By the 15th century, the Europeans were well established in Africa and started to take the lands from the indigenous people. Through their supposed work as missionaries and traders, they managed to destroy and break down several powerful armies and military across Africa.
The lands in Africa were very fertile for production and the weather conditions favoured several crops that could not be produced in the west. For the Europeans, this meant more supply of foods to meet the growing demands in the West. It also meant that a country with the most lands could dominate world trade.
In addition to the fertile lands, Africa had an abundance of natural resources of great value as well and Africa also provided cheap labour through the horrifying slave trade.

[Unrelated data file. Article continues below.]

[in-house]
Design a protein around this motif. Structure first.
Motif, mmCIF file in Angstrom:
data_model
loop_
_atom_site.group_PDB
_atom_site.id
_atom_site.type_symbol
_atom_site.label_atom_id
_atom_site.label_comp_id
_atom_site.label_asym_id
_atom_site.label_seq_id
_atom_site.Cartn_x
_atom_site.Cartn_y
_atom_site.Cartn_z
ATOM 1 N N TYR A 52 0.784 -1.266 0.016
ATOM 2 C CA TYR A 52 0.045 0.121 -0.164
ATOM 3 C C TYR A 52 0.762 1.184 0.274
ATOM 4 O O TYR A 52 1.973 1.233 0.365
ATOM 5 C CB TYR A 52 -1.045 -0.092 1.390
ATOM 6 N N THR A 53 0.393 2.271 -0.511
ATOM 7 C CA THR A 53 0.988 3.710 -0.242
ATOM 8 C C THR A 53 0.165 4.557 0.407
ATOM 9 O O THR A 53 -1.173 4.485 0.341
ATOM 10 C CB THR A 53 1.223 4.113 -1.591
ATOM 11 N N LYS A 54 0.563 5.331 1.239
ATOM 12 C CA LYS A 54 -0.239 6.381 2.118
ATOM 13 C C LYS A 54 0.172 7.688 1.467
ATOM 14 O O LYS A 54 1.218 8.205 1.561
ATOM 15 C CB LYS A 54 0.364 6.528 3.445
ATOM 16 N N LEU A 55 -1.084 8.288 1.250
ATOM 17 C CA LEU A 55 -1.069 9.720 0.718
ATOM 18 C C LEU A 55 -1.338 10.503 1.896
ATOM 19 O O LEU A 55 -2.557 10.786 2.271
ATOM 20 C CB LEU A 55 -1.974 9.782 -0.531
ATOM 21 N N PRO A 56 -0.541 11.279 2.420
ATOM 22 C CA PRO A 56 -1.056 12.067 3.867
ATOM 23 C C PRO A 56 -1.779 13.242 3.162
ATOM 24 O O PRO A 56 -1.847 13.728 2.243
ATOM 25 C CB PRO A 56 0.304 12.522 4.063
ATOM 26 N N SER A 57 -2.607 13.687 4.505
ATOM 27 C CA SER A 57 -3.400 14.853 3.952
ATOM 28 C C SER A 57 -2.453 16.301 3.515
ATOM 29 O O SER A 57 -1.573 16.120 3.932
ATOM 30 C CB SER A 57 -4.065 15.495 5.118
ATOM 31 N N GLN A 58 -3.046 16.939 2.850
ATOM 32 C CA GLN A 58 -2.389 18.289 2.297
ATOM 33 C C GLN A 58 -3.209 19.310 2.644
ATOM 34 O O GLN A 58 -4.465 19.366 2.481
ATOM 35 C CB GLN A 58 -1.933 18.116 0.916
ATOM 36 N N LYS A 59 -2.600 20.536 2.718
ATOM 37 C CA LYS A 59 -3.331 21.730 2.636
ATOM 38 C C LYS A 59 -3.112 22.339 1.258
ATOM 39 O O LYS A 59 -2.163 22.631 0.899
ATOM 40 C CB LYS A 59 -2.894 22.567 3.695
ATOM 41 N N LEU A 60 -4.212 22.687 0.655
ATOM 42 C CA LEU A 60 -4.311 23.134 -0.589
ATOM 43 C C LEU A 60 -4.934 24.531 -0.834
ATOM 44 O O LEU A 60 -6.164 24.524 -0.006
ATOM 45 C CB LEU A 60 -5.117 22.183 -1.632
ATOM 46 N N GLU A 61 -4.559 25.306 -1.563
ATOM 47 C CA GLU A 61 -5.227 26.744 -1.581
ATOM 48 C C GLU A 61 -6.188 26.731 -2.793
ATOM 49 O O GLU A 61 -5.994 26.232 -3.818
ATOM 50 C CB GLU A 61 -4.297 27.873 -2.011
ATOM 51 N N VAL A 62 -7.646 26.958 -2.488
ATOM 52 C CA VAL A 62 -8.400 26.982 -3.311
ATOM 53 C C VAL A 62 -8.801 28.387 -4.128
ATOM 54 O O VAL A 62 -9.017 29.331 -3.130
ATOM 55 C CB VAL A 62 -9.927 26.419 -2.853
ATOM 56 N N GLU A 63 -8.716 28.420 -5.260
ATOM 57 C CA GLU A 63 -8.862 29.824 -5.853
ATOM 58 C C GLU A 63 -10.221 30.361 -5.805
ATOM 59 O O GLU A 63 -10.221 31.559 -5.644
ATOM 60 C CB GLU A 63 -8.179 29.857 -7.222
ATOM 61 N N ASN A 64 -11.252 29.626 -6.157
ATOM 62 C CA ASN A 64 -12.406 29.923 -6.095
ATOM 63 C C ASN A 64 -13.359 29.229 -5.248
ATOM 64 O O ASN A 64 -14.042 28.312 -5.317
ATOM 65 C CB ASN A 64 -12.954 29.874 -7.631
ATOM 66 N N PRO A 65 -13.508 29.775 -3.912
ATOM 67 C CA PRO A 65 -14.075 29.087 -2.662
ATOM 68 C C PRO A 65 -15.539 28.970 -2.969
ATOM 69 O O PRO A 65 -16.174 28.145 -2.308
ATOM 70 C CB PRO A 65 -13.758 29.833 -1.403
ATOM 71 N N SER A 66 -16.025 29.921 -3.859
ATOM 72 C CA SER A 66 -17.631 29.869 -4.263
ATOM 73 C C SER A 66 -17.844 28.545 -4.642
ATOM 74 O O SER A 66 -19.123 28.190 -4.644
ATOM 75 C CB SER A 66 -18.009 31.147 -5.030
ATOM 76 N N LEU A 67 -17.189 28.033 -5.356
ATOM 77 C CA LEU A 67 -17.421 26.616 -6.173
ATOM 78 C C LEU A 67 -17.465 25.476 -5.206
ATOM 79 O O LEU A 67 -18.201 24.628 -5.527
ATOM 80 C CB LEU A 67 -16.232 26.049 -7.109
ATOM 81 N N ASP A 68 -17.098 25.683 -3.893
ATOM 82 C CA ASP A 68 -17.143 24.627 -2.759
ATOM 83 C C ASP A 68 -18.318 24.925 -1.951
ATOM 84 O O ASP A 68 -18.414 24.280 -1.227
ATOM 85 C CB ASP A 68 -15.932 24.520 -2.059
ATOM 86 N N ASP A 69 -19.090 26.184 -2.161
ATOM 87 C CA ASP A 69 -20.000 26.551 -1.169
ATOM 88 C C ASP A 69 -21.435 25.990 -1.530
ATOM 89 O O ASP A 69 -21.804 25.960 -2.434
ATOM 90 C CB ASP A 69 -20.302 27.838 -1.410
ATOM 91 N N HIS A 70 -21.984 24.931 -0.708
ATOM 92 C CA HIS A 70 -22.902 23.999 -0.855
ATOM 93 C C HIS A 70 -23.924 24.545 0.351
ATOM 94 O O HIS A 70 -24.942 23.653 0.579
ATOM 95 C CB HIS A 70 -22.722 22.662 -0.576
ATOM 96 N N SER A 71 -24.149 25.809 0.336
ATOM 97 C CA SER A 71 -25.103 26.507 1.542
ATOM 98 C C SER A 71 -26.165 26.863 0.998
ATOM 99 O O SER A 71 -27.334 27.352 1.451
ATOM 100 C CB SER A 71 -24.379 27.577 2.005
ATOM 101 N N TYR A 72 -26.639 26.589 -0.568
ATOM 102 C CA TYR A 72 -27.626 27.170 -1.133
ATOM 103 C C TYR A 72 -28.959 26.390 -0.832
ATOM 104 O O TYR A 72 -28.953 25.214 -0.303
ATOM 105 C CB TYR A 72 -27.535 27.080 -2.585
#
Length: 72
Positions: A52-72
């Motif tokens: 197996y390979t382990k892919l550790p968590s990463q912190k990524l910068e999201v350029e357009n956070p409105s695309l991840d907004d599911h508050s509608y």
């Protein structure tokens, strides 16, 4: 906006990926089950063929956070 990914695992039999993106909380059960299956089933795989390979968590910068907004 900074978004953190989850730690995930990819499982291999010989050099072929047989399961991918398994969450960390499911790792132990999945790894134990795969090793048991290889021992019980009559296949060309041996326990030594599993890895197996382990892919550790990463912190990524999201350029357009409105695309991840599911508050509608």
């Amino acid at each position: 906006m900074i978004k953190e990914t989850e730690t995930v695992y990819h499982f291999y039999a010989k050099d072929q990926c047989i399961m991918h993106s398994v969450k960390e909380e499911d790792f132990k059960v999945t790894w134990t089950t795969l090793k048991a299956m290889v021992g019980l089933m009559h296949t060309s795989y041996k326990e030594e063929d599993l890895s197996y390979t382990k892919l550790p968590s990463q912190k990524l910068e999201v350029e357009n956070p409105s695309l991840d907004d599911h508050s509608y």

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African became a land of opportunities for many European countries and many of them including Great Britain, Germany, France and Portugal were in conflict to take as much land as they could so that they could trade in high-end products such as cocoa, sugar cotton, coffee and tobacco and in rare minerals such as diamonds. To be able to do this, they drove indigenous people out and banned them from accessing these lands.
Scroll through to learn more about the five countries in Africa whose lands were taken over by Europeans.